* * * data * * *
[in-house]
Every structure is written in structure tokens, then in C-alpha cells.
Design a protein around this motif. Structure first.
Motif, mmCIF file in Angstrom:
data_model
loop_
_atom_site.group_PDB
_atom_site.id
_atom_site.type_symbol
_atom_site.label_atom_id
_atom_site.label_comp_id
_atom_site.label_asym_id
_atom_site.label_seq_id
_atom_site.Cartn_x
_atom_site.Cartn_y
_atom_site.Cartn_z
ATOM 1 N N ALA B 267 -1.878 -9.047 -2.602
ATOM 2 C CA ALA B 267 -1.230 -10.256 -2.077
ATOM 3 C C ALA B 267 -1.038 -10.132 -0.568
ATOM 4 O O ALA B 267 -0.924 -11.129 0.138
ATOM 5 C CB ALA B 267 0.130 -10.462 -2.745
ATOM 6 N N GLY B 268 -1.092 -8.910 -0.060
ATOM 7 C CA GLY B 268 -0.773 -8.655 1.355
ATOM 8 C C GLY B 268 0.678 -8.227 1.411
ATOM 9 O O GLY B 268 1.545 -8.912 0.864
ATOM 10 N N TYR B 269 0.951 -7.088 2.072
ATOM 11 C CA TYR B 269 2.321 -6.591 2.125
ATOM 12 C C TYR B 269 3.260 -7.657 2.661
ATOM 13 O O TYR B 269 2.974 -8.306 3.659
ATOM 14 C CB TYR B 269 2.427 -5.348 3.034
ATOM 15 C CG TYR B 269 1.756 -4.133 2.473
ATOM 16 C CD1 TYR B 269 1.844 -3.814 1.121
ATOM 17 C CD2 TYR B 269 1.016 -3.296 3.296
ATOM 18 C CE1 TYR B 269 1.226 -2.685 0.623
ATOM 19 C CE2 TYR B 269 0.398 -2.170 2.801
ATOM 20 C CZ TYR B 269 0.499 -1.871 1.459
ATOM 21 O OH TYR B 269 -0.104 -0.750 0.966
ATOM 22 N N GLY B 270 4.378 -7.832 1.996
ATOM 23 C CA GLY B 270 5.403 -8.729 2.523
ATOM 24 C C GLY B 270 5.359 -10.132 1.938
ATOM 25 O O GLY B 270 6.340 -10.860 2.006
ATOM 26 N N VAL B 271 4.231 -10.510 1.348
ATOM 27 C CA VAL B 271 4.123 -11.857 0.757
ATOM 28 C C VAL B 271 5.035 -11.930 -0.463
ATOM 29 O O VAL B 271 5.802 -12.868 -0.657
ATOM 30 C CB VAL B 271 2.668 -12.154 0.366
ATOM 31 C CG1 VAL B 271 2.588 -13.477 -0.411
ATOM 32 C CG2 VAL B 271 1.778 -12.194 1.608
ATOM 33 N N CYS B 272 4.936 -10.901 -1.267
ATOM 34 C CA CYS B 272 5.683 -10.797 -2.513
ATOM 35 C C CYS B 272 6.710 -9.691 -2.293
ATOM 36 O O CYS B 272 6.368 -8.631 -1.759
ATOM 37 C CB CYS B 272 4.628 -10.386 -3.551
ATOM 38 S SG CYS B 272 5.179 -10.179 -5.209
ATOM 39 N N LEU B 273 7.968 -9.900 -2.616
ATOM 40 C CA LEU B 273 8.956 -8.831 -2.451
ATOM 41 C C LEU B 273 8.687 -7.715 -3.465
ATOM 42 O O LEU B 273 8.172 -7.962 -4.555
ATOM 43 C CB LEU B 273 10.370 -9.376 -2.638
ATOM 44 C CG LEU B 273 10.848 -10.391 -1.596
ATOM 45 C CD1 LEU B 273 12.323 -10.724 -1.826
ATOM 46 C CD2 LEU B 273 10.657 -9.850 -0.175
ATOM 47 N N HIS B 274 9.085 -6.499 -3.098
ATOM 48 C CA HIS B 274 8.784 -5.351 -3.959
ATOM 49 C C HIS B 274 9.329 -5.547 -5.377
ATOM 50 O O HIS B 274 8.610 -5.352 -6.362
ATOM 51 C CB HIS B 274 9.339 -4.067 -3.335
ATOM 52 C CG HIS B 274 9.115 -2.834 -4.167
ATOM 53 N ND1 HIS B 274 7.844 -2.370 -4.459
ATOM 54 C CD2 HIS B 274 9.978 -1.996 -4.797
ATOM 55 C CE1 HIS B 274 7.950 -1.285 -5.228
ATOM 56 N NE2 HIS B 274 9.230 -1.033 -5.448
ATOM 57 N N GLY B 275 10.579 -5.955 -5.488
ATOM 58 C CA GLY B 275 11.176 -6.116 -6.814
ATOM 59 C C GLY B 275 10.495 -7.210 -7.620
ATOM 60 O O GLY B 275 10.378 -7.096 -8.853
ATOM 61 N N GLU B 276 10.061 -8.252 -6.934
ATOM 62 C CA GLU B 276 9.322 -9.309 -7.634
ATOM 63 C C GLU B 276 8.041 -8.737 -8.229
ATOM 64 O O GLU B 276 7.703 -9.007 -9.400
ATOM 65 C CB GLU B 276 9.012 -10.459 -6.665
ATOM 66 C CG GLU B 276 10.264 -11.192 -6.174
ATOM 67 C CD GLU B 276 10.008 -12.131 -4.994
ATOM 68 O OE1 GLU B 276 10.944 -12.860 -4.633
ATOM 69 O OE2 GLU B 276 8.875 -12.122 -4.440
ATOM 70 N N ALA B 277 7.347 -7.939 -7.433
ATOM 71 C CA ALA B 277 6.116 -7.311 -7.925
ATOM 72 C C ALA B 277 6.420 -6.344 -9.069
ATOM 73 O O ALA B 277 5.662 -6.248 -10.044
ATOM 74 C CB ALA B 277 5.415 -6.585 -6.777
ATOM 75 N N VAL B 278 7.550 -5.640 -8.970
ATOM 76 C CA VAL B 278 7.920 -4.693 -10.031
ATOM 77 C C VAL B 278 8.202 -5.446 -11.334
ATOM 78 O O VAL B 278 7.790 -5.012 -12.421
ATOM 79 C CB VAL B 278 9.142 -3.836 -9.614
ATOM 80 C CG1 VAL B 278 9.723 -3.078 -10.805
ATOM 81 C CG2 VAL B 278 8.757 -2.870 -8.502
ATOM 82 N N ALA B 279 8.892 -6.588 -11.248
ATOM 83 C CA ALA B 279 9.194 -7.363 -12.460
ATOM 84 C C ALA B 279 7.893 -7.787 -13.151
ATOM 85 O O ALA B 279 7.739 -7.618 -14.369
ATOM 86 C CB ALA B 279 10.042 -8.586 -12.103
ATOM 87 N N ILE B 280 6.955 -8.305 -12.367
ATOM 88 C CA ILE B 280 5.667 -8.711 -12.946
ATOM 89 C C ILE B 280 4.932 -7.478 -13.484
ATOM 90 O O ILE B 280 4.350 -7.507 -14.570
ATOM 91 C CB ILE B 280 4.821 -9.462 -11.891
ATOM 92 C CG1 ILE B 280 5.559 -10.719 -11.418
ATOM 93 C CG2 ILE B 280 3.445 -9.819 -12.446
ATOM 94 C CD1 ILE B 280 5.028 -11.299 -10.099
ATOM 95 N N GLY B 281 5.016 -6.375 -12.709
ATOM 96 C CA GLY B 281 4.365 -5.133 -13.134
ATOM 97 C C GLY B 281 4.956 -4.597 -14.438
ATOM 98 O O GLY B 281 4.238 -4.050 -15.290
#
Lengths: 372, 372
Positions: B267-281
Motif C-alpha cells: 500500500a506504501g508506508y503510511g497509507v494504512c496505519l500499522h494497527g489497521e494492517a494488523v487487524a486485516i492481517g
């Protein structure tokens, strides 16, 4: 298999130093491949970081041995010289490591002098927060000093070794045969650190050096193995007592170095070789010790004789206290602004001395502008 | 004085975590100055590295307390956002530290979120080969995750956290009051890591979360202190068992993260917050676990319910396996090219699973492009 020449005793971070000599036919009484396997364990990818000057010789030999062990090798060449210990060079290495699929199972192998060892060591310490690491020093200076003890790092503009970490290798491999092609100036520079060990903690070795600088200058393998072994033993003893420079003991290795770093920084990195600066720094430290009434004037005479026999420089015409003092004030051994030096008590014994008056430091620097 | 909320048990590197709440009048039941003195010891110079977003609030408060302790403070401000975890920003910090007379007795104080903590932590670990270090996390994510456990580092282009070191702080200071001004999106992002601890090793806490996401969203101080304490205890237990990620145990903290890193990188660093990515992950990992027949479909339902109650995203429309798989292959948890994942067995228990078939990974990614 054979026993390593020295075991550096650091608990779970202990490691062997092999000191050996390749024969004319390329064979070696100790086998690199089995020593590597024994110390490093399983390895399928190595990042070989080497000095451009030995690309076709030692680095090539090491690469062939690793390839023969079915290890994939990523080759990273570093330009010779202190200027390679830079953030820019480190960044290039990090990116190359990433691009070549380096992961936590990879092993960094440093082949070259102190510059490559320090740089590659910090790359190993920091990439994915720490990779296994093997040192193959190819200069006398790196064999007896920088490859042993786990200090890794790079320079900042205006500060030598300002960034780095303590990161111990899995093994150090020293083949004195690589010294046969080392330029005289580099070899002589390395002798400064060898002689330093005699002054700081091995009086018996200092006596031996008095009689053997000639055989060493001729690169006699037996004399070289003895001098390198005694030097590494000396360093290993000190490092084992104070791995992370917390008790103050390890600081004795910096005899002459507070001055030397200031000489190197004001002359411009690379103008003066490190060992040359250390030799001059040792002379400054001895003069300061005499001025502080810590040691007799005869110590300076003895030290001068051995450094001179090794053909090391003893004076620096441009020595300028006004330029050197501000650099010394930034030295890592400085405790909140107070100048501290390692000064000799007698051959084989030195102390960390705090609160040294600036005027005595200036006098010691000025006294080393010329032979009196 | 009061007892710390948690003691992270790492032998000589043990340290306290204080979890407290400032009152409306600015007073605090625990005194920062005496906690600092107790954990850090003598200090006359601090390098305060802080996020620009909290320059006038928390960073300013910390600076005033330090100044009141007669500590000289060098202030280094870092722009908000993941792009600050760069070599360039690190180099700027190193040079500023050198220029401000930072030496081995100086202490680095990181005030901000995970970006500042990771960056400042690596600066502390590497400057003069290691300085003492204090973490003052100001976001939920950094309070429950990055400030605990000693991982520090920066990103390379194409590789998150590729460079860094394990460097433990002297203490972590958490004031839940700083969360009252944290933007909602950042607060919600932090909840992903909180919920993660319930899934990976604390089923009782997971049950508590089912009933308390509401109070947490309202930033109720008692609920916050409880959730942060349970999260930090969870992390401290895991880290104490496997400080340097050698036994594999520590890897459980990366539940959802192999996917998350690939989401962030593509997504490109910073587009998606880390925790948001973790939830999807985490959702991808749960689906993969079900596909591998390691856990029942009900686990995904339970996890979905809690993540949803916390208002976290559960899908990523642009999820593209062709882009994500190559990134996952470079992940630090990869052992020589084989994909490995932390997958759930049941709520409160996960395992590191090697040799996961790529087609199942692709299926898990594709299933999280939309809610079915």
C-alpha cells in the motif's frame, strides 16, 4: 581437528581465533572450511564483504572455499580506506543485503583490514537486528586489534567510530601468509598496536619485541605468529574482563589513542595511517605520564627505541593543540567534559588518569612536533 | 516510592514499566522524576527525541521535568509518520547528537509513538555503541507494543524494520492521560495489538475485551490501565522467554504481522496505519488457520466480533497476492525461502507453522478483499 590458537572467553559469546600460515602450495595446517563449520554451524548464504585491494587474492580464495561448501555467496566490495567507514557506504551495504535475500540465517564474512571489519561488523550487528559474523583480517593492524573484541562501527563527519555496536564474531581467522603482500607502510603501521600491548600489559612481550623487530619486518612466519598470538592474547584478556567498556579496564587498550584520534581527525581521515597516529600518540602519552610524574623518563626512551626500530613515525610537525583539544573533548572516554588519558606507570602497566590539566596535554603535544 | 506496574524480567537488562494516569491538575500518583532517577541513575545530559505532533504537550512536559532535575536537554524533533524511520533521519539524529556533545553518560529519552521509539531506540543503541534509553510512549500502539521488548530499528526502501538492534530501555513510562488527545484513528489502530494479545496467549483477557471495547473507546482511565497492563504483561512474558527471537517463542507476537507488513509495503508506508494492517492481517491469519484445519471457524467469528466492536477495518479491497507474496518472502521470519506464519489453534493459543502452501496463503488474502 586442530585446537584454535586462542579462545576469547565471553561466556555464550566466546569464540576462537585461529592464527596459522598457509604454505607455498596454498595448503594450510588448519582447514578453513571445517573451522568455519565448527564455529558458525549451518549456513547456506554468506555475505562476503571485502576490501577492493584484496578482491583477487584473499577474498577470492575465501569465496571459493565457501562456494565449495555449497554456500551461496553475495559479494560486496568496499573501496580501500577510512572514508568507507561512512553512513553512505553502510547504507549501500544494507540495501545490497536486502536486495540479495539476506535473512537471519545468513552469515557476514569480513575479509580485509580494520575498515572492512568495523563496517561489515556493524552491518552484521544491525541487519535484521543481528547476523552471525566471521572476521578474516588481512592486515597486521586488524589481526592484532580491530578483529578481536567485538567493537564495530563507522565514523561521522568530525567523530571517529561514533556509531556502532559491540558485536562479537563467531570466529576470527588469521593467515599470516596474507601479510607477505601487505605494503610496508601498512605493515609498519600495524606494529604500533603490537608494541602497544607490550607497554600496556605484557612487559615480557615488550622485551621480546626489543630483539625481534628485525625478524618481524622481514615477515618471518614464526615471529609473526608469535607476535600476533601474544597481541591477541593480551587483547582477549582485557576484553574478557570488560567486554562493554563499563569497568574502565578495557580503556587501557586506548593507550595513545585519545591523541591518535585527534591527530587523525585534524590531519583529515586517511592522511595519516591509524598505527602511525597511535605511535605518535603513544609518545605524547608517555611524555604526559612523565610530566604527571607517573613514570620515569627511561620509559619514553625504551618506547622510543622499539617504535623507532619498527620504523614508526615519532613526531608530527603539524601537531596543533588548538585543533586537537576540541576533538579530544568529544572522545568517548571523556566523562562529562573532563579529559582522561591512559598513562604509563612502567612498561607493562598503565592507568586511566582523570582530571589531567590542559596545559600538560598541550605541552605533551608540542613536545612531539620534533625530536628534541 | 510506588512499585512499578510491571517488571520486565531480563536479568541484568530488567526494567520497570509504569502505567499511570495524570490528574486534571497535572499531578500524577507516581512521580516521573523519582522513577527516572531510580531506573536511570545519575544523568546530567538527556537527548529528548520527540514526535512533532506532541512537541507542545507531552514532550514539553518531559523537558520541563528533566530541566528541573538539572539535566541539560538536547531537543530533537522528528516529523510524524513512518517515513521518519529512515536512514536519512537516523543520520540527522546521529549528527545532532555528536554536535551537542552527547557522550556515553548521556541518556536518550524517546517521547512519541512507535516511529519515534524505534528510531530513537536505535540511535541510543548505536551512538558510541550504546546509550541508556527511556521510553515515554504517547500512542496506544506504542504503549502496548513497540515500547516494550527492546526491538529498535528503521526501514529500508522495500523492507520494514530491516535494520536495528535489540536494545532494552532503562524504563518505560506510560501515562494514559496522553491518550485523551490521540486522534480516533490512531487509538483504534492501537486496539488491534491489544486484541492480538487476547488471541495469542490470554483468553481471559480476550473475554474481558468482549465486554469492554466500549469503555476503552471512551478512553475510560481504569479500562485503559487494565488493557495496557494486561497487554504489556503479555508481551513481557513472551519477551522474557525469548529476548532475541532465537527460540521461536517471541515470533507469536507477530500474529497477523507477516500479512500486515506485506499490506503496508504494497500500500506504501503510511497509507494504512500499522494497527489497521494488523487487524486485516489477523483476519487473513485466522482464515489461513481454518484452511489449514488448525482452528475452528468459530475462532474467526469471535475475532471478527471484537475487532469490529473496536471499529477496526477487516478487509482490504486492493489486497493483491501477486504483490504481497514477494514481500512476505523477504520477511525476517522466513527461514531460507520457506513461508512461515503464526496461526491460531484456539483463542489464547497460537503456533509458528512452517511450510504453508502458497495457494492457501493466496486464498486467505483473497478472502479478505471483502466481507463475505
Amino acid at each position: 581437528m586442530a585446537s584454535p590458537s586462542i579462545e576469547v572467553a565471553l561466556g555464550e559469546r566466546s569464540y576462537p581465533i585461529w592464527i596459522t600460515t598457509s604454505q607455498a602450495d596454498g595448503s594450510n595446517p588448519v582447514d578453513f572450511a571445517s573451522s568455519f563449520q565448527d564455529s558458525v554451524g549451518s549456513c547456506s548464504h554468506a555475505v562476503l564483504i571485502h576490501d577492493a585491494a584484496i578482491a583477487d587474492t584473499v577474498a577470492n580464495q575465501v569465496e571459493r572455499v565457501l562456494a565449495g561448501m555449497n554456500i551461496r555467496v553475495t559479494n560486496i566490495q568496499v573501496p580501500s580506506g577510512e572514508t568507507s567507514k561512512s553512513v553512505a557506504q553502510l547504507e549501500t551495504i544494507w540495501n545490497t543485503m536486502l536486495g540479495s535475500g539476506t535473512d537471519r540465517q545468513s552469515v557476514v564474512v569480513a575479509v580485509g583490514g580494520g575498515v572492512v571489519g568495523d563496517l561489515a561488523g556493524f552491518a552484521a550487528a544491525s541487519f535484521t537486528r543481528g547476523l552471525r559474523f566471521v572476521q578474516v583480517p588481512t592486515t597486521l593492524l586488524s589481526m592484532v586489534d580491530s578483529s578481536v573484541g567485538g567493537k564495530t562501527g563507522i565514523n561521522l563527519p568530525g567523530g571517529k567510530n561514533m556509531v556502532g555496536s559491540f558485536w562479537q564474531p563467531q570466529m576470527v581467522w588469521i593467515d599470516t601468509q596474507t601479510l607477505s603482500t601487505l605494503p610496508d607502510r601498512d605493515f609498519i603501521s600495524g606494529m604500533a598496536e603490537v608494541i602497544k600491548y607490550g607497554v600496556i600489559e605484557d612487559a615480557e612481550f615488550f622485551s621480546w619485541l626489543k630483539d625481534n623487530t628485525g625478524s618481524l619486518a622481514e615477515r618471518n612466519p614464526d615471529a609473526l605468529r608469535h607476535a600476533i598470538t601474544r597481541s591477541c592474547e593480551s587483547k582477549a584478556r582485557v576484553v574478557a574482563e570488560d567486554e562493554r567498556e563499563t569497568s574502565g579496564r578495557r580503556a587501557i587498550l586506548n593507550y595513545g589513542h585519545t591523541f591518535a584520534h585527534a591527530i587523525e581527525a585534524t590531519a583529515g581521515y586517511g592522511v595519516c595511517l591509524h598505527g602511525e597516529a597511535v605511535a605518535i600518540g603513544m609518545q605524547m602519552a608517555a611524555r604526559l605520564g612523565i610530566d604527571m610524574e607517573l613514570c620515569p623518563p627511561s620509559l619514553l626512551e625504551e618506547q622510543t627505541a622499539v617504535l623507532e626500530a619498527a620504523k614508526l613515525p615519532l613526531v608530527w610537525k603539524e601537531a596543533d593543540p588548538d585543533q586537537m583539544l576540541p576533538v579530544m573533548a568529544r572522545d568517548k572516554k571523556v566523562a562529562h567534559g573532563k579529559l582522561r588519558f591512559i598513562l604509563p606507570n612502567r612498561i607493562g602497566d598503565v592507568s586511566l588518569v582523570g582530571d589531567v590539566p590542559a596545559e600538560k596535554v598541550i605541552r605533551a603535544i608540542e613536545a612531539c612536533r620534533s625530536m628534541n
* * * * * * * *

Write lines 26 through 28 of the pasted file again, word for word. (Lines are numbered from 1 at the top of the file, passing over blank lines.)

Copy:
ATOM 10 N N TYR B 269 0.951 -7.088 2.072
ATOM 11 C CA TYR B 269 2.321 -6.591 2.125
ATOM 12 C C TYR B 269 3.260 -7.657 2.661